Stanley's Color Out of Space is more Lovecraft than Lovecraft's Color Out of Space

Title Stanley's Color Out of Space is more Lovecraft than Lovecraft's Color Out of Space
Author Tom Chick
Posted in Movie reviews
When March 21, 2020

Warning: if you haven't seen Color Out of Space, this review is basically one big spoiler.

Colour Out of Space is an odd fit among H.P. Lovecraft’s works. It’s about ordinary people – farmers, to be precise – on whom something fell…

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So glad this got the front page treatment. It really does need to be seen to be believed, though I’m very grateful I got to experience the incredible soundscape in a theater.

The director of the 2010 movie was Huan Vu, Tom. You spelled his name 3 different ways in a single paragraph and really messed up my ability to google him.

Ugh, thanks for the heads-up. That was clumsy. It was one of those things where I just let fly as I was typing and intended to check the correct name before publishing. And then didn’t. :(


Absolutely! I got to see it in theaters twice. Next to 1917, it was one of the movies I’ve seen this year that makes the case for actually going out to the theater.


It’s such a mesmerizing movie, especially once things get really going. It’s imprinted on me and it won’t be going away any time soon.

I would also add that Richard Stanley’s first two movies, Hardware and Dust Devil, while obviously representing a much less experienced and mature stage in his life, are still very much worth seeking out. The basic concepts in both aren’t anything especially new or different, but his sensibilities transform that material into something really special.

We were also pretty blown away by the movie.

It is incredible how they managed to achieve this “otherworldliness” in all the details.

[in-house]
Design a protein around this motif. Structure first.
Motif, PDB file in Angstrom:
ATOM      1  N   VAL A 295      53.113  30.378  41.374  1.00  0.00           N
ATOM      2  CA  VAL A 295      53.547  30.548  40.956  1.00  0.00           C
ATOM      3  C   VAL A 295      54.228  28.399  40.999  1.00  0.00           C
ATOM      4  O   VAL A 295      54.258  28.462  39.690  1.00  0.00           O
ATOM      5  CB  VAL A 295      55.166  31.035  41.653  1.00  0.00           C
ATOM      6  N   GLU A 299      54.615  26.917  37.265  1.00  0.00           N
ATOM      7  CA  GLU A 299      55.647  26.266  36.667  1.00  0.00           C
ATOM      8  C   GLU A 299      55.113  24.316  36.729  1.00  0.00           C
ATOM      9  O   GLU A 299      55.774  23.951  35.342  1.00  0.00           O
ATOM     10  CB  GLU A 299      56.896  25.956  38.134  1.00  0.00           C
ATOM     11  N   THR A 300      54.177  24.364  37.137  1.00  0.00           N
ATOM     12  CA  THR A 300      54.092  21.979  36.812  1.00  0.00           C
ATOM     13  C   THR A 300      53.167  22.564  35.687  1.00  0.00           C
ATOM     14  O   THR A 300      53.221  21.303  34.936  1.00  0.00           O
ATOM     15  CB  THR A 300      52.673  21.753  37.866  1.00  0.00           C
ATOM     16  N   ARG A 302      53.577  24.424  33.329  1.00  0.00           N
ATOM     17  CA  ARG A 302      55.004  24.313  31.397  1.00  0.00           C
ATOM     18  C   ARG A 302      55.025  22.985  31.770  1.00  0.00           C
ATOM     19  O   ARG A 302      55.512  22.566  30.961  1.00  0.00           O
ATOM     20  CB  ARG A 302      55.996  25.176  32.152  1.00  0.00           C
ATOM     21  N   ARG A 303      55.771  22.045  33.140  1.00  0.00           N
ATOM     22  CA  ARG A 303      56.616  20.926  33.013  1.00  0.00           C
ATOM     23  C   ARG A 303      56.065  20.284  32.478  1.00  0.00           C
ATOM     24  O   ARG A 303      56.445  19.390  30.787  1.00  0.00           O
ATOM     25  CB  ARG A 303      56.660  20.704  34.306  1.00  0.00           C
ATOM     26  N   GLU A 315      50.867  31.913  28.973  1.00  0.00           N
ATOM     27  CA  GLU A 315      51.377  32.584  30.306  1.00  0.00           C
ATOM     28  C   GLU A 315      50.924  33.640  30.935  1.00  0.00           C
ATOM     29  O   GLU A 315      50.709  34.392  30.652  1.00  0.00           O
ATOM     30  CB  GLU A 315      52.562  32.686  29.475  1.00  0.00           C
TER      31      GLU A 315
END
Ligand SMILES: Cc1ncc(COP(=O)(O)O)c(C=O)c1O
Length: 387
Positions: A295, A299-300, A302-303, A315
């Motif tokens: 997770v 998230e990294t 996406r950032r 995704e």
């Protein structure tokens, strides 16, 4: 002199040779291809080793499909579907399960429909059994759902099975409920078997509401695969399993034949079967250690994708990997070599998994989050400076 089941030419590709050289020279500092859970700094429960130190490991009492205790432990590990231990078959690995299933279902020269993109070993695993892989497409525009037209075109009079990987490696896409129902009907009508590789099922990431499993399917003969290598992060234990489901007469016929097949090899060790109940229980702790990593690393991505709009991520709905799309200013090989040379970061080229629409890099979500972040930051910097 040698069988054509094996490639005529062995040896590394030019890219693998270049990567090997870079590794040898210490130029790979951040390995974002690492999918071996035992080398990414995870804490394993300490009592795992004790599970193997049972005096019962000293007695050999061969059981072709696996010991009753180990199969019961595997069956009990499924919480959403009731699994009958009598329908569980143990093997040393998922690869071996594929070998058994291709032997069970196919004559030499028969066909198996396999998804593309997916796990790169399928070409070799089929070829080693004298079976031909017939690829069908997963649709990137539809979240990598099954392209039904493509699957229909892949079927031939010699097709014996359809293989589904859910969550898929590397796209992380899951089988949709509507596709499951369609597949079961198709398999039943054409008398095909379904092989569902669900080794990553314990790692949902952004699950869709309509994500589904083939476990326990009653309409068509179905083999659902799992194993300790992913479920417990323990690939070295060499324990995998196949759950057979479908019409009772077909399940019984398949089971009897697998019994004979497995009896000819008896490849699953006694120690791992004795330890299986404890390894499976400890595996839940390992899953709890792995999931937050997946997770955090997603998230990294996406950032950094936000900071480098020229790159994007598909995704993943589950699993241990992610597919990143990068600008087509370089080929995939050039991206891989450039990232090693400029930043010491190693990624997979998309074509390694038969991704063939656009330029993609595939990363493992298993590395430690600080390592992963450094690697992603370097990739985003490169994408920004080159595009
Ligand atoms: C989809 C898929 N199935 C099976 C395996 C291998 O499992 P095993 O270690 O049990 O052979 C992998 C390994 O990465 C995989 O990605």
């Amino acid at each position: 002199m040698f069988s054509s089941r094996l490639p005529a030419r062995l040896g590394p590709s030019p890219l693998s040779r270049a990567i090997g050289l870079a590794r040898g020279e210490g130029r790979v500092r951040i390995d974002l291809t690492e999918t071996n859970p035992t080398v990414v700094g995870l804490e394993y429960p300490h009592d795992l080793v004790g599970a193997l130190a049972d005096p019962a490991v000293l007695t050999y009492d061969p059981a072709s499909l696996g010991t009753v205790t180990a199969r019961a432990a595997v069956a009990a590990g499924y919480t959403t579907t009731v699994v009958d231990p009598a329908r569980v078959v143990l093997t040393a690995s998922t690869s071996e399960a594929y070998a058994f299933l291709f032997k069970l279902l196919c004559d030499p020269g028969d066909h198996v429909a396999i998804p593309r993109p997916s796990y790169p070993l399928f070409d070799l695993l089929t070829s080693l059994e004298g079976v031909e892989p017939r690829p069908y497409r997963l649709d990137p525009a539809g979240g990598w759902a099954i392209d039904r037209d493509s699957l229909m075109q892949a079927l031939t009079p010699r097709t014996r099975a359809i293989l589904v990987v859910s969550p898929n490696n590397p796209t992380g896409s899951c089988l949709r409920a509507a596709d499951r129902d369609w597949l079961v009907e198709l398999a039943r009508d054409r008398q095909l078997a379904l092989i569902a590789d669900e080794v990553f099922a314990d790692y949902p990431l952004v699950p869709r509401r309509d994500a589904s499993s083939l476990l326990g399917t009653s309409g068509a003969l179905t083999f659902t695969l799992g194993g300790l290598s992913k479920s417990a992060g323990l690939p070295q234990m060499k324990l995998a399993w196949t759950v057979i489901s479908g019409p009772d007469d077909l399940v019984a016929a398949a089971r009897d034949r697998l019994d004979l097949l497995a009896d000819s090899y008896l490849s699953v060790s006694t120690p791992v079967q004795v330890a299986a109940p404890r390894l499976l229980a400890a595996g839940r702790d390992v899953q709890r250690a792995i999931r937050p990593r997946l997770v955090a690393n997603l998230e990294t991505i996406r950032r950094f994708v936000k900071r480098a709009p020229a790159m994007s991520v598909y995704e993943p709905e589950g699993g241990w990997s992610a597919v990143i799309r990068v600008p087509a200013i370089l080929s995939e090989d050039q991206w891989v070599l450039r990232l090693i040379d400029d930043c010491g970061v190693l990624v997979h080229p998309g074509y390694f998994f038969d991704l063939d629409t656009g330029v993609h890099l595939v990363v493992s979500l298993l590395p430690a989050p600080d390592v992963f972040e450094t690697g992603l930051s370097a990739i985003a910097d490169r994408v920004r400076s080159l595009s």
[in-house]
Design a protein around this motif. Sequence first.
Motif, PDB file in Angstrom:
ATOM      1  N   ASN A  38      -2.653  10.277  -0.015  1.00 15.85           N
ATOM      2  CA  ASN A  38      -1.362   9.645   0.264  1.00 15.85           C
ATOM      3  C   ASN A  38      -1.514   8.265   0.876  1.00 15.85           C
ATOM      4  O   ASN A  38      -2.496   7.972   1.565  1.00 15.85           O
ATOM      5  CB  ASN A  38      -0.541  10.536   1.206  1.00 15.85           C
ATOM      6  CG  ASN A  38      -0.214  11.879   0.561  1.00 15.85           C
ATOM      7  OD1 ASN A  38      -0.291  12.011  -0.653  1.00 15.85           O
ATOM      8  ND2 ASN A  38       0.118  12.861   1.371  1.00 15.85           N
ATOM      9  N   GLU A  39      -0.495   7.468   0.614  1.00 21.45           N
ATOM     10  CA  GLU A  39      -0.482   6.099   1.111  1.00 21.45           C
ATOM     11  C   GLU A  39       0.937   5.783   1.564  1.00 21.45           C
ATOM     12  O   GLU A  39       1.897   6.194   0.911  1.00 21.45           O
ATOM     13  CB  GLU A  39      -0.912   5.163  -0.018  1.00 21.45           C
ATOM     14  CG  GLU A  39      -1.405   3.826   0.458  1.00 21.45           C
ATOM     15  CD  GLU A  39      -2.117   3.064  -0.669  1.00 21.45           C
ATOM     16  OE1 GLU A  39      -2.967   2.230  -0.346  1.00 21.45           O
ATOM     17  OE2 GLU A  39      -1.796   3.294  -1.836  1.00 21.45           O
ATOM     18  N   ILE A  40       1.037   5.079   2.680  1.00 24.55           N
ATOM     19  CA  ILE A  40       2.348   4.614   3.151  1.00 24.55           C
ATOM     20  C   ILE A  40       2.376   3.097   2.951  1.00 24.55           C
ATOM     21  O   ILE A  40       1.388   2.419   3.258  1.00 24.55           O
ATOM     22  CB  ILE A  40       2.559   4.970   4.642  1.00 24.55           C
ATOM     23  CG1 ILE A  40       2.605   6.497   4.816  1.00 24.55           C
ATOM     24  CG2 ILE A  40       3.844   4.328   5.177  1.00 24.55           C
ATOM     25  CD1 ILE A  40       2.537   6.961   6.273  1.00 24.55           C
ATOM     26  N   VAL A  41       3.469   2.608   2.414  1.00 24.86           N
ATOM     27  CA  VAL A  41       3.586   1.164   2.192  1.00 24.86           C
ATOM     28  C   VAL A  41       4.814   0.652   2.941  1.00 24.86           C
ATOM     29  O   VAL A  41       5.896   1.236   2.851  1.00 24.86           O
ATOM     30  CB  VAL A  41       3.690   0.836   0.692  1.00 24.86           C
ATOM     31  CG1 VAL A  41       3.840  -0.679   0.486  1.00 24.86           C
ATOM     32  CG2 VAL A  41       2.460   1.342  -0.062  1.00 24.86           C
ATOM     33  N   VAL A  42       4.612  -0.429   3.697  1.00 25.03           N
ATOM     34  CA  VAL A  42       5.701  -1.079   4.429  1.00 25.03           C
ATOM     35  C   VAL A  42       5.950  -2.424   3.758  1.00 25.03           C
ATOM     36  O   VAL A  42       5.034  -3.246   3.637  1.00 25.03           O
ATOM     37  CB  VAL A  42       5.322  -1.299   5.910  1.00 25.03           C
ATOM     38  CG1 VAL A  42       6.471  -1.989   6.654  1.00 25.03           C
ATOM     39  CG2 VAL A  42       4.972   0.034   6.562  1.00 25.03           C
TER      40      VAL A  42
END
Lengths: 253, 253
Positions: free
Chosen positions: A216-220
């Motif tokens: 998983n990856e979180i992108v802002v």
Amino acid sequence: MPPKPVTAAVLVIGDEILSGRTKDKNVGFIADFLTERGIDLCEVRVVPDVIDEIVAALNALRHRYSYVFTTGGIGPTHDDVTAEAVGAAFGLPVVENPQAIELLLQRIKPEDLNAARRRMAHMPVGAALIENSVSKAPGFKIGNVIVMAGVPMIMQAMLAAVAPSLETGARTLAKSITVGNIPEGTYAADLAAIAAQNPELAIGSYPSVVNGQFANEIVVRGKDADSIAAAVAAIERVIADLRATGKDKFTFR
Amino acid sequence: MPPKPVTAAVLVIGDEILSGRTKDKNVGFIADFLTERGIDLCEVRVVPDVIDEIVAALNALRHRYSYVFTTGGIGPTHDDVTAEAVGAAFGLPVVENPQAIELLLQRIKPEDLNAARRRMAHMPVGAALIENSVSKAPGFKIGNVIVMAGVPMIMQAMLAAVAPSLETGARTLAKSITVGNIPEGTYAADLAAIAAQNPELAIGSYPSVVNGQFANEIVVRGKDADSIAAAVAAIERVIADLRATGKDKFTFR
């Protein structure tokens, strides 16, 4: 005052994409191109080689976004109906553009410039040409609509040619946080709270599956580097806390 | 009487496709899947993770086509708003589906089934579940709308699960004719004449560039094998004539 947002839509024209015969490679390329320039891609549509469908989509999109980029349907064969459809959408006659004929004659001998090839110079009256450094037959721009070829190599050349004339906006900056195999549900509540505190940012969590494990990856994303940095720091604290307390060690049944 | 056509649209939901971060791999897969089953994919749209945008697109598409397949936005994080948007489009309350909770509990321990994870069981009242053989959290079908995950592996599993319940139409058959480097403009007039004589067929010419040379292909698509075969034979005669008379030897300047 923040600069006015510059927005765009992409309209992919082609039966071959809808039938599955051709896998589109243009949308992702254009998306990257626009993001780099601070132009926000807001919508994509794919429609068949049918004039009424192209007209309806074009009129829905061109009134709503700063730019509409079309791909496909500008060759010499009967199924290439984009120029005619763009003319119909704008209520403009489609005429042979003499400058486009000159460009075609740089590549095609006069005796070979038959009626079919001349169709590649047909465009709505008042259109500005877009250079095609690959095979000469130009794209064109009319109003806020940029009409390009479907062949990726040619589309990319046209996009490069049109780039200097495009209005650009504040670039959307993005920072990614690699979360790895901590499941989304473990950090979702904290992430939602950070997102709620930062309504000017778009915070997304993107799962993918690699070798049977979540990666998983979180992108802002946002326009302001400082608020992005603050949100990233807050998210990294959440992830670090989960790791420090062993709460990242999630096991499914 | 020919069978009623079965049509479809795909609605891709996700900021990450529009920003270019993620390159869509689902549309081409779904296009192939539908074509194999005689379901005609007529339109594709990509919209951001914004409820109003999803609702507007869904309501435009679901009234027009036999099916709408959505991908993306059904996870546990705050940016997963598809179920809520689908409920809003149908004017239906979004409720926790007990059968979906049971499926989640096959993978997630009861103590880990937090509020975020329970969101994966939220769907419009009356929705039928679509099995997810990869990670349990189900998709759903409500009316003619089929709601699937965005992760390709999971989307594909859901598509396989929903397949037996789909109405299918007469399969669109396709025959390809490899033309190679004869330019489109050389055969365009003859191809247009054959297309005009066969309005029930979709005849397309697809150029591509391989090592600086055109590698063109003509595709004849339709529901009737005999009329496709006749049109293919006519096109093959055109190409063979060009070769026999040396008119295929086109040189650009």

Amazing direction in even the smallest of details.

As final actions go, I thought Ward throwing the cigarette into the water was perfection. I felt like he was giving off “ecological activist” vibes early in the movie. But he’s also someone who thinks science is important in improving our relationship with nature (which can alternately serve and inspire us if we serve it in kind). The cigarette is a symbolic gesture, sure. But his little glimpse behind the veil (which isn’t just what he sees through Lavinia at the end of the movie but the entire series of events, culminating in that) has destroyed that, in perfectly Lovecraftian fashion. So now he smokes, and now he holds those waters in contempt; they’re polluted.

Great review, Tom!

From “get me out of here” to “I live here.”

This is Lady Bird’s epiphany about Sacramento as well. Different genres, same coming-of-age character arc.

I found this really helpful to read! Working on the story structure with my students two weeks ago, I was arguing for Nathan as protagonist while almost all of my students chose Lavinia. Now that I see this epiphany moment, I like her as protagonist better.

Tomorrow we’re having our first remote, video conference class and I’ll take a few minutes to revisit the Color Out of Space discussion. I’m planning to set my Philips Hue lights in my office to VERY PURPLE.

Excellent read, @peacedog. I didn’t quite know what to make of Stanley focusing on Ward smoking and then flicking the butt into the lake, but that’s perfect. Thanks for posting that.